Broadband? What Broadband? (II)

After my last post on this subject, and due to me tweeting about the continued lack of broadband, the twitter user ‘@plusnet’ got in touch.

For which I thank him (it was a him) most sincerely.

@plusnet asked for my user details, which I passed on; I also pointed, for more complte information, to my previous post.

After a reasonable pause, during which @plusnet referred to my call notes and, for good measure, visited that last post, he got back to me with: ‘We’ve just escalated it with BT and will have an update tomorrow. I’ll be calling them if there’s no more detail or a set date’.

Brilliant. And yet not brilliant at all.

Brilliant that @plusnet realised, whether they fully believed my tale or not, that something was amiss and that BT needed to get off their backside and actually do something.

And yet not brilliant because I knew, deep inside – as a year of bitter experience has taught me to expect, that BT would actually do nothing.

However, I was wrong that BT would do nothing!

Or was I?

Shortly before 11pm – seven hours after that tweet from @plusnet – I received an email.

From Plusnet!

Yay!

It said: ‘Your broadband is now active!’ (and a pile of other stuff).

Great!

It means that BT had done something!

They had completed the work-order and signed it off.

Yay!

Well, not quite.

Boo!

I checked with the router.

The router said ‘No, I have no broadband for you. I’m not sync’d with the local exchange’. Or words to that effect – as conveyed through a green flashing light.

Slightly more than a handful of hours later, at 6am, I checked with the router again.

It was being repetitve and dull; ‘No, I have no broadband for you. I’m not sync’d to the local exchange’.

A little under 9 hours later, I checked back with the router.

It was still saying the same thing.

So I called Plusnet technical support and spoke to a really nice guy who I shall call Andrew Plusnet.

Andrew Plusnet checked my details, looked at my notes and then took me through the usual process of elimination, during which we also tried a variety of ADSL filters and more than one router and, for good measure, we then retried these things through the test socket on the inside of the telephone box.

The router(s) were adamant that there was no sync with the local exhcange and Andrew Plusnet was forced to come to the same conlusion when his equipment delivered the same message.

So we have now been passed over to Plusnet’s second line of technical support who will, after a series of more detailed tests, come to the inevitable conclusion that something has not been done correctly by BT Openreach/BT Wholesale.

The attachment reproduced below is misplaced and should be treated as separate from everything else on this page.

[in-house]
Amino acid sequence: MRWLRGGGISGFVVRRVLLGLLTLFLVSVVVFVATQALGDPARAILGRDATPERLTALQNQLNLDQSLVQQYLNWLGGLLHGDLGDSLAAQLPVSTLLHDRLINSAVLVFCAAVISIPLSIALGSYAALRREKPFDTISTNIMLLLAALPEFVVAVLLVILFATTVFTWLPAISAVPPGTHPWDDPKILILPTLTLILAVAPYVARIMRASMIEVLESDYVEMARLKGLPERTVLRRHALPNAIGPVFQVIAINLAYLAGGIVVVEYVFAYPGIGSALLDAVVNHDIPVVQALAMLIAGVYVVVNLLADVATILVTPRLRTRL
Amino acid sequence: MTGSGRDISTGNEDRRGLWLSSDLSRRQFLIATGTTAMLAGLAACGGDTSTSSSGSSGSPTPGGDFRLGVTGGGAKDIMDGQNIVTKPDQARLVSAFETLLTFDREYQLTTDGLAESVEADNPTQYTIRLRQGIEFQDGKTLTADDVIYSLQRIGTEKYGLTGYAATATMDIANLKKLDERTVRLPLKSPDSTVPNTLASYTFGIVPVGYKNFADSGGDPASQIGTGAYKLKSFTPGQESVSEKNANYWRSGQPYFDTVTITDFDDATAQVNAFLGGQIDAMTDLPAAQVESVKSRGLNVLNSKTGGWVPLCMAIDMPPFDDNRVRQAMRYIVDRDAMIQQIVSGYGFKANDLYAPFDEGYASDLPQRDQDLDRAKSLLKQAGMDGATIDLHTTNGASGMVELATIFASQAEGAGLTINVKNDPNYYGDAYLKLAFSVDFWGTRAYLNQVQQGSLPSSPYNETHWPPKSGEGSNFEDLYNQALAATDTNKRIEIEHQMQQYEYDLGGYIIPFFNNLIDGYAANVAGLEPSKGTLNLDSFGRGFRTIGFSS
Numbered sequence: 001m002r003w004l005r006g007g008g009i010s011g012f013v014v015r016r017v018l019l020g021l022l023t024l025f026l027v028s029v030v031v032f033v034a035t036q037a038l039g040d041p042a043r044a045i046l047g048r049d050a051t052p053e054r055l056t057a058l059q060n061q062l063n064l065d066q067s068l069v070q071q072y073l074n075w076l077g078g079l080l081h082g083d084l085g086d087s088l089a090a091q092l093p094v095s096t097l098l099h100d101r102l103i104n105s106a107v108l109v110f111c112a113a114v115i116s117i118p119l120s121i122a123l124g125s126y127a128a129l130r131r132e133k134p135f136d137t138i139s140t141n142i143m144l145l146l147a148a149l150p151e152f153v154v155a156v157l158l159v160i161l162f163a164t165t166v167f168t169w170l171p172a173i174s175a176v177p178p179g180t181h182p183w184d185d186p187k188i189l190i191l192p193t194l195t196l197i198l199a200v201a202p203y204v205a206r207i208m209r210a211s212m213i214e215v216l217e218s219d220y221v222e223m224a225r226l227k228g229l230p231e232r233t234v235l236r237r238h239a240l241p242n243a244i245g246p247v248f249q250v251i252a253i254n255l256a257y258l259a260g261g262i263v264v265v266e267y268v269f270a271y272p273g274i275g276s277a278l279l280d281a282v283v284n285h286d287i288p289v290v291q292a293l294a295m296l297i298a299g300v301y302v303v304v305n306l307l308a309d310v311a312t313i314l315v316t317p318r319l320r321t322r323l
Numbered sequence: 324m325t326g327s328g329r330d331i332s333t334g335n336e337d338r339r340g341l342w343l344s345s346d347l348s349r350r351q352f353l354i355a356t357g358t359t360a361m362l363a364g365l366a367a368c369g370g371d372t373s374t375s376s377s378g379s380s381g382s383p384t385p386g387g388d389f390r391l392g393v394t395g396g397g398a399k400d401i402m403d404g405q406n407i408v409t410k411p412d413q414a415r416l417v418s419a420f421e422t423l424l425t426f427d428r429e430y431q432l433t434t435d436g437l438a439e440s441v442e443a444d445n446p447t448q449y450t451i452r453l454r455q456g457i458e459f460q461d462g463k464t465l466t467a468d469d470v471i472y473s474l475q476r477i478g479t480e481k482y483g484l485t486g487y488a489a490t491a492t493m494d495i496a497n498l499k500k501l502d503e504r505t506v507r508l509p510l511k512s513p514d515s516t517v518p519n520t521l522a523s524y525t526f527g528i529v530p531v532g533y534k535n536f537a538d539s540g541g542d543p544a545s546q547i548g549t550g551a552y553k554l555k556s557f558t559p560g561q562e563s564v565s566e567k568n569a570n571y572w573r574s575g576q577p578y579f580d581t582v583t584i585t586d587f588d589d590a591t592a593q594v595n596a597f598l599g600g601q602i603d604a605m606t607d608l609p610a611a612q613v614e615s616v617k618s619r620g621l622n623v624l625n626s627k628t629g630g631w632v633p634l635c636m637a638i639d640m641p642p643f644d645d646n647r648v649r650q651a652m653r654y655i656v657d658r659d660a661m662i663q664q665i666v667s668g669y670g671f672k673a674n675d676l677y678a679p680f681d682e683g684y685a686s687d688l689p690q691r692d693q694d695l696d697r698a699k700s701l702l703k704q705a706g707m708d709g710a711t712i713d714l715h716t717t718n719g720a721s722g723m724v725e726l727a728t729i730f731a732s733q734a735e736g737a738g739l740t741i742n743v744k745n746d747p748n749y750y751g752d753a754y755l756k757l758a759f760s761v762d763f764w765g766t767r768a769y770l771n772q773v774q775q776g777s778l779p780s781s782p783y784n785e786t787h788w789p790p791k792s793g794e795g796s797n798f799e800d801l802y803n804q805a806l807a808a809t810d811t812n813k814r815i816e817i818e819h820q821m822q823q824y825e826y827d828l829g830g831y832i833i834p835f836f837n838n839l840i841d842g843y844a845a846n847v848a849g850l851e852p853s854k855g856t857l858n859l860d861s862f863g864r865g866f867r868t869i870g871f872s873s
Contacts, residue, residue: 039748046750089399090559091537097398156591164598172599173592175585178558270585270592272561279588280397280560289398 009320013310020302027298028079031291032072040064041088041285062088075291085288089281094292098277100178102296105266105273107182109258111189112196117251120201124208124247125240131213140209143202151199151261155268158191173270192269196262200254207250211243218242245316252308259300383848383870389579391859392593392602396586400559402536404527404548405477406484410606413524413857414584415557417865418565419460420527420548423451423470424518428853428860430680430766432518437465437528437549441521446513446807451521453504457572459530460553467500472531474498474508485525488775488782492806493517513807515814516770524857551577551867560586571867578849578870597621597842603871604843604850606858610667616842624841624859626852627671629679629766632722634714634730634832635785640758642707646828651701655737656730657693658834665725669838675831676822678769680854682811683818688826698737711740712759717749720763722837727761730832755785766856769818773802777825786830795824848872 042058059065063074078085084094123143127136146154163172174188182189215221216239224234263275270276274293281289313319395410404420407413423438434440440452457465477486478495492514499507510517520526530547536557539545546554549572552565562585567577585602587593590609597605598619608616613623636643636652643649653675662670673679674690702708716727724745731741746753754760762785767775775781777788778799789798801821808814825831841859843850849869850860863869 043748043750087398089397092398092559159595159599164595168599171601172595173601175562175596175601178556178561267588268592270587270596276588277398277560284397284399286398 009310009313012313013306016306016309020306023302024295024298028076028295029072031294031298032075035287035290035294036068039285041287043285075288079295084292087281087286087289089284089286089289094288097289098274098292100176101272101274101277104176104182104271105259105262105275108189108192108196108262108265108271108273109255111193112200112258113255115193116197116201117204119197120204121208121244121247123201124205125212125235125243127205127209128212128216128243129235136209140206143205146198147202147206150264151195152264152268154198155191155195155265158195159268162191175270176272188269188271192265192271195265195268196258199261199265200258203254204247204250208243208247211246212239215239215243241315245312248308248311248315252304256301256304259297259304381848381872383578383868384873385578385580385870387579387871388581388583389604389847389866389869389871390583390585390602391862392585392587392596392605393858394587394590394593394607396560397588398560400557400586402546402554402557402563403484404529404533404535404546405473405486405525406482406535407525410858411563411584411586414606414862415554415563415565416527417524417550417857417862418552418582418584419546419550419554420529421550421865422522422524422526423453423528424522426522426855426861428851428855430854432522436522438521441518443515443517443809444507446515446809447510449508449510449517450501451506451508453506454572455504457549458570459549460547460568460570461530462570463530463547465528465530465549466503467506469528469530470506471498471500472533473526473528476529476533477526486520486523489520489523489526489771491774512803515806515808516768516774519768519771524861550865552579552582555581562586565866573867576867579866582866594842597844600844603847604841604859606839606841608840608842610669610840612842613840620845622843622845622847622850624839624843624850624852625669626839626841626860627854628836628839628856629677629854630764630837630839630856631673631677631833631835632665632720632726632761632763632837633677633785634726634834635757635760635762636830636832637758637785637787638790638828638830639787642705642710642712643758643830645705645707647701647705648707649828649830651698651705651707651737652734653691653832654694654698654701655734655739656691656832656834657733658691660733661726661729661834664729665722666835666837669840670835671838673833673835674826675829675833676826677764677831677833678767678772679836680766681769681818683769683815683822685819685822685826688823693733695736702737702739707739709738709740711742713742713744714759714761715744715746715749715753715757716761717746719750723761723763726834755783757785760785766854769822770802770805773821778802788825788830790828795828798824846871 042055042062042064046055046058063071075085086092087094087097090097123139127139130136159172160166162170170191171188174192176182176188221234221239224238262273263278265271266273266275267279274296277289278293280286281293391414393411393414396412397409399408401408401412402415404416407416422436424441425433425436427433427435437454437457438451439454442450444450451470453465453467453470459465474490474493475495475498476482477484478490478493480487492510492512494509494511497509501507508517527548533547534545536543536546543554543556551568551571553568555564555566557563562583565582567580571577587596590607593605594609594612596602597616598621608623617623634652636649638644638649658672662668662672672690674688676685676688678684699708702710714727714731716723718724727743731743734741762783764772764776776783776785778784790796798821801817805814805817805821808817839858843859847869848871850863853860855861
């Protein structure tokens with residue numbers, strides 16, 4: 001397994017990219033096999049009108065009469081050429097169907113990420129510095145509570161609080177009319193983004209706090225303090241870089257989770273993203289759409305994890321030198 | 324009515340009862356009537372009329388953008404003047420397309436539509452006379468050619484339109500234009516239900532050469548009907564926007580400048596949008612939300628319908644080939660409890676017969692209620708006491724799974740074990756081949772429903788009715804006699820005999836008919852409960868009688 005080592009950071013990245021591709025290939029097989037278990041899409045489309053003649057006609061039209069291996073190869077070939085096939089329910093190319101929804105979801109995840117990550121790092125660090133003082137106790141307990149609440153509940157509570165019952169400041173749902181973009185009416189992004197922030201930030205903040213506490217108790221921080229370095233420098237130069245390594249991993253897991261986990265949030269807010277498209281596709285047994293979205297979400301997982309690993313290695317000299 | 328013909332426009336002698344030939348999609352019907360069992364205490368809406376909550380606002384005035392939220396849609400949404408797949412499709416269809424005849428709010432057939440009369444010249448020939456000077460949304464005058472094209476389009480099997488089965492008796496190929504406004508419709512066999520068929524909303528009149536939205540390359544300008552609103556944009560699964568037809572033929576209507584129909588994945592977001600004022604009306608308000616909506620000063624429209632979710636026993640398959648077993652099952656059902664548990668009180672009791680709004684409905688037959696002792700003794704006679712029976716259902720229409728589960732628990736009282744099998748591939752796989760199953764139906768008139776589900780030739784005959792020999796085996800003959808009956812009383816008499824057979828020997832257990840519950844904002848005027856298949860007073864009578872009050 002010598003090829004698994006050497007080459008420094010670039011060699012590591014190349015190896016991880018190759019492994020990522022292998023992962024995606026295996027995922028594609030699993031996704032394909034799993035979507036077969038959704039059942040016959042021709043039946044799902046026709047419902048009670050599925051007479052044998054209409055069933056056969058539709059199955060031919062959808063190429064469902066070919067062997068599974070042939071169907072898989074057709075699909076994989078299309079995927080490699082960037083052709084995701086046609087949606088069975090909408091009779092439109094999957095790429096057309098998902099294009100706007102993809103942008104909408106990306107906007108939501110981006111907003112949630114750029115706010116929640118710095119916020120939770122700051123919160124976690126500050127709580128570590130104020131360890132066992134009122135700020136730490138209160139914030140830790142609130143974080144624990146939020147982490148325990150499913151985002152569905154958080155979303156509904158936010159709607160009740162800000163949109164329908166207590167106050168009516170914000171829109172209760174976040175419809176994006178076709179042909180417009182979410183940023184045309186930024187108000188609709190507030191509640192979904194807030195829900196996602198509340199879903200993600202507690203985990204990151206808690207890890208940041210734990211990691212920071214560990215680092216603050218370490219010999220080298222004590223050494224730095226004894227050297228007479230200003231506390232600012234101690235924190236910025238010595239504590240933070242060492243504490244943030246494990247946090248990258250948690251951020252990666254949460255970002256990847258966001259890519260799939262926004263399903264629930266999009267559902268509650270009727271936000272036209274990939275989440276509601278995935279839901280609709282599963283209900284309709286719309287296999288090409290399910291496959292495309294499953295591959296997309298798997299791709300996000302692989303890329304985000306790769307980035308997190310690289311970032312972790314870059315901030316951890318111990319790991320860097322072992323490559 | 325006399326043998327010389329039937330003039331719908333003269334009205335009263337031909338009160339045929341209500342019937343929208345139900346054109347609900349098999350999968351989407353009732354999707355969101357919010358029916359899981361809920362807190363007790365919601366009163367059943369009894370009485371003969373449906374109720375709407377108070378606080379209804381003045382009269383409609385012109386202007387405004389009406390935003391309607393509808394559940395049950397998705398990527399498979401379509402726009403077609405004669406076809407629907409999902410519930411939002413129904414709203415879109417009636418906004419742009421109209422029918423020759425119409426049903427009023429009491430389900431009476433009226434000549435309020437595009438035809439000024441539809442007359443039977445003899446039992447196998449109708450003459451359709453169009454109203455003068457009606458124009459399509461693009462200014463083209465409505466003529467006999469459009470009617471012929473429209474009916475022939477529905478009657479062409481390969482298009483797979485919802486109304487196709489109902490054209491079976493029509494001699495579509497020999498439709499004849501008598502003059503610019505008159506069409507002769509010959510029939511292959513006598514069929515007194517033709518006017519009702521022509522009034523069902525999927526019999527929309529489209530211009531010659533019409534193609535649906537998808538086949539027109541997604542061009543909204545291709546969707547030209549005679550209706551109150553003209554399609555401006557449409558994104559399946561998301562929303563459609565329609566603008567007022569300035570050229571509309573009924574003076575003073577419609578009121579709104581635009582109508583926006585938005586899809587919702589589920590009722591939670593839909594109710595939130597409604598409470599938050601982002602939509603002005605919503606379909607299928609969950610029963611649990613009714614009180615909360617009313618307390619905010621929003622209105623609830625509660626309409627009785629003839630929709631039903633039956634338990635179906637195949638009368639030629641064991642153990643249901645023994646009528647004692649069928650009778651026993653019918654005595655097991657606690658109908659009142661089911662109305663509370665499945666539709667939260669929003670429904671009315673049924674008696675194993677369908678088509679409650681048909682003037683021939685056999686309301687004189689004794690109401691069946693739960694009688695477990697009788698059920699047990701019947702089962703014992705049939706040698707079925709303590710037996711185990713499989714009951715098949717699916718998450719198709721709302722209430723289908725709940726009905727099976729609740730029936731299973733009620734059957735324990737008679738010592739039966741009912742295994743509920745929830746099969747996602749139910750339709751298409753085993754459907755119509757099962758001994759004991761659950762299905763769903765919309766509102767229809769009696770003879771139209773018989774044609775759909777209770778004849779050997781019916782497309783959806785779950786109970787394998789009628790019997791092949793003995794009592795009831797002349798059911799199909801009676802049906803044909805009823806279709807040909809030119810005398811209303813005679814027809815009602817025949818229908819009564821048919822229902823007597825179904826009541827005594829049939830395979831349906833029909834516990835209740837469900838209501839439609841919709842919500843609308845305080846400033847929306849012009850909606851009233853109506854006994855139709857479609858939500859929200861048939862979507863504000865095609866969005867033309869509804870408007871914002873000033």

Plusnet’s second line technical support will then raise this as an issue to be fixed by…

BT.

What becomes obvious in this particular episode is the fact that BT have not done the job they claim to/should have done.

Which raises a bunch of questions such as:

  • Why would the local BT exchange sign off a work order as being complete when it was actually incomplete?
  • Why would the local BT exchange, effectively, lie to Plusnet?
  • How is it possible that the local BT exchange could sign off a broadband job when the line wasn’t syncing?
  • Why would the local BT exchange think they could get away with this, without anyone noticing?
  • What quality assurance procedures exist within BT to stop their engineers/technicians from signing off jobs that are incomplete?
  • And how has this instance managed to bypass those quality assurance procedures?

These aren’t just moaning questions; these question all expose a weakness or weaknesses in the provider’s quality assurance processes. Because, obv, if you tested a line for sync before you handed it over to your customer…

Well, this wouldn’t have happened.

Anyway.

At 8.35pm that evening while, ironically, I was at the Oxford Agile Group, sitting on a panel focussed on UX (user experience), I had a phone call.

From Plusnet.

I know!

8.35pm!

The same day!

It wasn’t Andrew Plusnet on the phone, but his colleague explained that the line had been subjected to testing and, although there was clearly an issue, no fault had been found.

Boo!

So could they please send an engineer out to the house to run tests on and from my end of things?

Yay!

The first slot available for an engineer’s visit was tomorrow afternoon, which I grabbed with both metaphorical hands.

A few moments later I received an SMS confirming that an engineer would be with me between 1pm and 6pm the following day.

I was so excited, I had to leave the meeting when our discussion group finished, rather than joining one of the other groups.

So at 1pm today I’ll be back in my house with a stack of paperwork, longing for the engineer to arrive to break me away from the briefing paper I have to write.

And hoping he’ll find something to fix, obv.

I am impressed that Plusnet grabbed hold of the problem so positively.

I am impressed that Plusnet have confirmed everything via email and/or SMS.

I am impressed that Plusnet have, thus far, shown determination to identify the problem and get it sorted.

I am, it has to be said, hyper-impressed with Plusnet’s support staff; their positive attitude coupled with their professional-but-approachable demeanour has made dealing with this company such a soothing, calming and pleasing experience.

Dealing with Plusnet throws in to a starkly unfavourable light the painful, depressing and almost suicide-inducing experience of dealing with BT’s support staff, where the occasional nugget is the rarity, not the everyday find.

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